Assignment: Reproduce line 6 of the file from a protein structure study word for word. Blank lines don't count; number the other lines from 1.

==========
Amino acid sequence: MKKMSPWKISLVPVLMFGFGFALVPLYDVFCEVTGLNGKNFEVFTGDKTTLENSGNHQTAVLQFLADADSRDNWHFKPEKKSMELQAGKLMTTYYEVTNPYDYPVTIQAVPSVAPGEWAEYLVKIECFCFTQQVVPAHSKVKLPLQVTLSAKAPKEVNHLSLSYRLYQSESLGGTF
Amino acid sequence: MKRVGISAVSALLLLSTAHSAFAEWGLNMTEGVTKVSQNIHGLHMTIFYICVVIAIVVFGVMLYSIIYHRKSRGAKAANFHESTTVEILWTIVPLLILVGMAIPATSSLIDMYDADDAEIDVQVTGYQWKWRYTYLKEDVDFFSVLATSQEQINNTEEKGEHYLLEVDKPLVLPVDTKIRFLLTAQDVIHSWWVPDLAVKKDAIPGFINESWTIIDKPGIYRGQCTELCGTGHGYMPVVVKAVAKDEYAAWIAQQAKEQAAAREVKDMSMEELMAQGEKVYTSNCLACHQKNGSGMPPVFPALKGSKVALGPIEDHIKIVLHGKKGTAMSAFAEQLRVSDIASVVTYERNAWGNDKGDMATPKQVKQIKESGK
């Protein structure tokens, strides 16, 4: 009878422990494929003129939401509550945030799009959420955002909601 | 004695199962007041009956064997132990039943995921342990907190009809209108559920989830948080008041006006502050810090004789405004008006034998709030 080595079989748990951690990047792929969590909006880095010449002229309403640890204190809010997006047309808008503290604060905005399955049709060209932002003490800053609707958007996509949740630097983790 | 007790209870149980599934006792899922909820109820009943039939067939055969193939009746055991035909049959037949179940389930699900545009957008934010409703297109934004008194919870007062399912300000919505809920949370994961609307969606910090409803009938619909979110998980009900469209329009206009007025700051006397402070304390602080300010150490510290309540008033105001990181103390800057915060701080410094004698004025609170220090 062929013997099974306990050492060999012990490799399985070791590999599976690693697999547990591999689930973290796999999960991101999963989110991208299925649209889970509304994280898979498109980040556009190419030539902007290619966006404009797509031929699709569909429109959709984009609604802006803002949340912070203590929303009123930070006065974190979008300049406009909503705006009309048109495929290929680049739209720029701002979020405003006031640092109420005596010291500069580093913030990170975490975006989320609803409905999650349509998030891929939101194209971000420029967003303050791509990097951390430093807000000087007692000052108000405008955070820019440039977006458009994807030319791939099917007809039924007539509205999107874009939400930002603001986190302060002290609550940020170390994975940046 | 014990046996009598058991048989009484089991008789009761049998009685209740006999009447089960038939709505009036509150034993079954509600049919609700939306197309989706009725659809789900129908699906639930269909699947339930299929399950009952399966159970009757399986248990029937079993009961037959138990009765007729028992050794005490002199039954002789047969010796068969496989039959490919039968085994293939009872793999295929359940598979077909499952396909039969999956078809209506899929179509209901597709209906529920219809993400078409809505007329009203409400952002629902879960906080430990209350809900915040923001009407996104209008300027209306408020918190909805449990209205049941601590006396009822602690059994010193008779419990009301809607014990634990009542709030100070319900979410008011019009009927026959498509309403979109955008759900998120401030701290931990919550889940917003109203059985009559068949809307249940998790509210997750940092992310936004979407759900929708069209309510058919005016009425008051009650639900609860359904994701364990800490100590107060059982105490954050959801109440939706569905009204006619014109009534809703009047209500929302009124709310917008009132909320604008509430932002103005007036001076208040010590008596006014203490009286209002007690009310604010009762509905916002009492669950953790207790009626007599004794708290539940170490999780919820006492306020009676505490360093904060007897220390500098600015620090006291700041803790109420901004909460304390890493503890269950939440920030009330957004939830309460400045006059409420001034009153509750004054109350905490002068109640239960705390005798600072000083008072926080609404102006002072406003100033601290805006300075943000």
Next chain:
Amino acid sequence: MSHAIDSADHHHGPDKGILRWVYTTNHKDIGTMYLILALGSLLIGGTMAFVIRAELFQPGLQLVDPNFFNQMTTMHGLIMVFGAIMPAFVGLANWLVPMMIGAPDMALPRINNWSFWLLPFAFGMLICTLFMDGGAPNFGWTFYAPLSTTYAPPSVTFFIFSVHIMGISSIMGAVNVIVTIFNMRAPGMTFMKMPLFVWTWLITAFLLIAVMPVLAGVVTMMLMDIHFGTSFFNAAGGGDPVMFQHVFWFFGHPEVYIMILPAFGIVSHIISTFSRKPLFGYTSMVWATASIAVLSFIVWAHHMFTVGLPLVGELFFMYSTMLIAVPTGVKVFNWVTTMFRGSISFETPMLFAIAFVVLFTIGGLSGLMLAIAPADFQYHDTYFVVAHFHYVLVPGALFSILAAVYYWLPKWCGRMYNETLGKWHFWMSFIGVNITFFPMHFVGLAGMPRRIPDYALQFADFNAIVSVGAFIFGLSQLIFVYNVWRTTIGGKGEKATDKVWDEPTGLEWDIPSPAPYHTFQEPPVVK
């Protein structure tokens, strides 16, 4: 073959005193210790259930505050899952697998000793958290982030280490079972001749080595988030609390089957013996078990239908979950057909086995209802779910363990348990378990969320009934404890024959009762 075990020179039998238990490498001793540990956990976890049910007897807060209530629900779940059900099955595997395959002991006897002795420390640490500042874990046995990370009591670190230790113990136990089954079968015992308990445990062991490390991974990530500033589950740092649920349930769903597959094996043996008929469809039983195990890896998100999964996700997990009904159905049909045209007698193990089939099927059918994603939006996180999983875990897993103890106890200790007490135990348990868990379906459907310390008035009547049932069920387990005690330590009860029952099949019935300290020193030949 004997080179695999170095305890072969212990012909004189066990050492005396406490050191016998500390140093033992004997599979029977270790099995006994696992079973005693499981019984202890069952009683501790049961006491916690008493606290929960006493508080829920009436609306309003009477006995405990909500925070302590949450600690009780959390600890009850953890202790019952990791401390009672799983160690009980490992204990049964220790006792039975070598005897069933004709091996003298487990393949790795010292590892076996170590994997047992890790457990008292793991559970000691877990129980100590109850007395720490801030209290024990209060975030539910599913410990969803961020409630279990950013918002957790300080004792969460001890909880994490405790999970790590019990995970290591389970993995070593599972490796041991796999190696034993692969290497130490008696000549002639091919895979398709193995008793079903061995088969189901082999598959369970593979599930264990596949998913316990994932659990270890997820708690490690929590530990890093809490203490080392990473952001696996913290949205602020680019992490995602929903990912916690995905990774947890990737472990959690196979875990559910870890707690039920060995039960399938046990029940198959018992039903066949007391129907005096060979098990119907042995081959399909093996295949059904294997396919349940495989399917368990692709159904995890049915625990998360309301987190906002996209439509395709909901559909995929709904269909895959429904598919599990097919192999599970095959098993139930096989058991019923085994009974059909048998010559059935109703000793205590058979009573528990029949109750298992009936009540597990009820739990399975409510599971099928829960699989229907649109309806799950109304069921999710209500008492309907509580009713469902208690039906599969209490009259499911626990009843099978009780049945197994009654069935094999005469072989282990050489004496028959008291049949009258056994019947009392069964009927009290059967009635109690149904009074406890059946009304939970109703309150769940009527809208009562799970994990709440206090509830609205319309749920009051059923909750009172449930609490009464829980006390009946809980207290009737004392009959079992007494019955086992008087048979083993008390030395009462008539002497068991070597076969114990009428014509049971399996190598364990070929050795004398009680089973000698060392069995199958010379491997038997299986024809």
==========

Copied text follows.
């Protein structure tokens, strides 16, 4: 073959005193210790259930505050899952697998000793958290982030280490079972001749080595988030609390089957013996078990239908979950057909086995209802779910363990348990378990969320009934404890024959009762 075990020179039998238990490498001793540990956990976890049910007897807060209530629900779940059900099955595997395959002991006897002795420390640490500042874990046995990370009591670190230790113990136990089954079968015992308990445990062991490390991974990530500033589950740092649920349930769903597959094996043996008929469809039983195990890896998100999964996700997990009904159905049909045209007698193990089939099927059918994603939006996180999983875990897993103890106890200790007490135990348990868990379906459907310390008035009547049932069920387990005690330590009860029952099949019935300290020193030949 004997080179695999170095305890072969212990012909004189066990050492005396406490050191016998500390140093033992004997599979029977270790099995006994696992079973005693499981019984202890069952009683501790049961006491916690008493606290929960006493508080829920009436609306309003009477006995405990909500925070302590949450600690009780959390600890009850953890202790019952990791401390009672799983160690009980490992204990049964220790006792039975070598005897069933004709091996003298487990393949790795010292590892076996170590994997047992890790457990008292793991559970000691877990129980100590109850007395720490801030209290024990209060975030539910599913410990969803961020409630279990950013918002957790300080004792969460001890909880994490405790999970790590019990995970290591389970993995070593599972490796041991796999190696034993692969290497130490008696000549002639091919895979398709193995008793079903061995088969189901082999598959369970593979599930264990596949998913316990994932659990270890997820708690490690929590530990890093809490203490080392990473952001696996913290949205602020680019992490995602929903990912916690995905990774947890990737472990959690196979875990559910870890707690039920060995039960399938046990029940198959018992039903066949007391129907005096060979098990119907042995081959399909093996295949059904294997396919349940495989399917368990692709159904995890049915625990998360309301987190906002996209439509395709909901559909995929709904269909895959429904598919599990097919192999599970095959098993139930096989058991019923085994009974059909048998010559059935109703000793205590058979009573528990029949109750298992009936009540597990009820739990399975409510599971099928829960699989229907649109309806799950109304069921999710209500008492309907509580009713469902208690039906599969209490009259499911626990009843099978009780049945197994009654069935094999005469072989282990050489004496028959008291049949009258056994019947009392069964009927009290059967009635109690149904009074406890059946009304939970109703309150769940009527809208009562799970994990709440206090509830609205319309749920009051059923909750009172449930609490009464829980006390009946809980207290009737004392009959079992007494019955086992008087048979083993008390030395009462008539002497068991070597076969114990009428014509049971399996190598364990070929050795004398009680089973000698060392069995199958010379491997038997299986024809």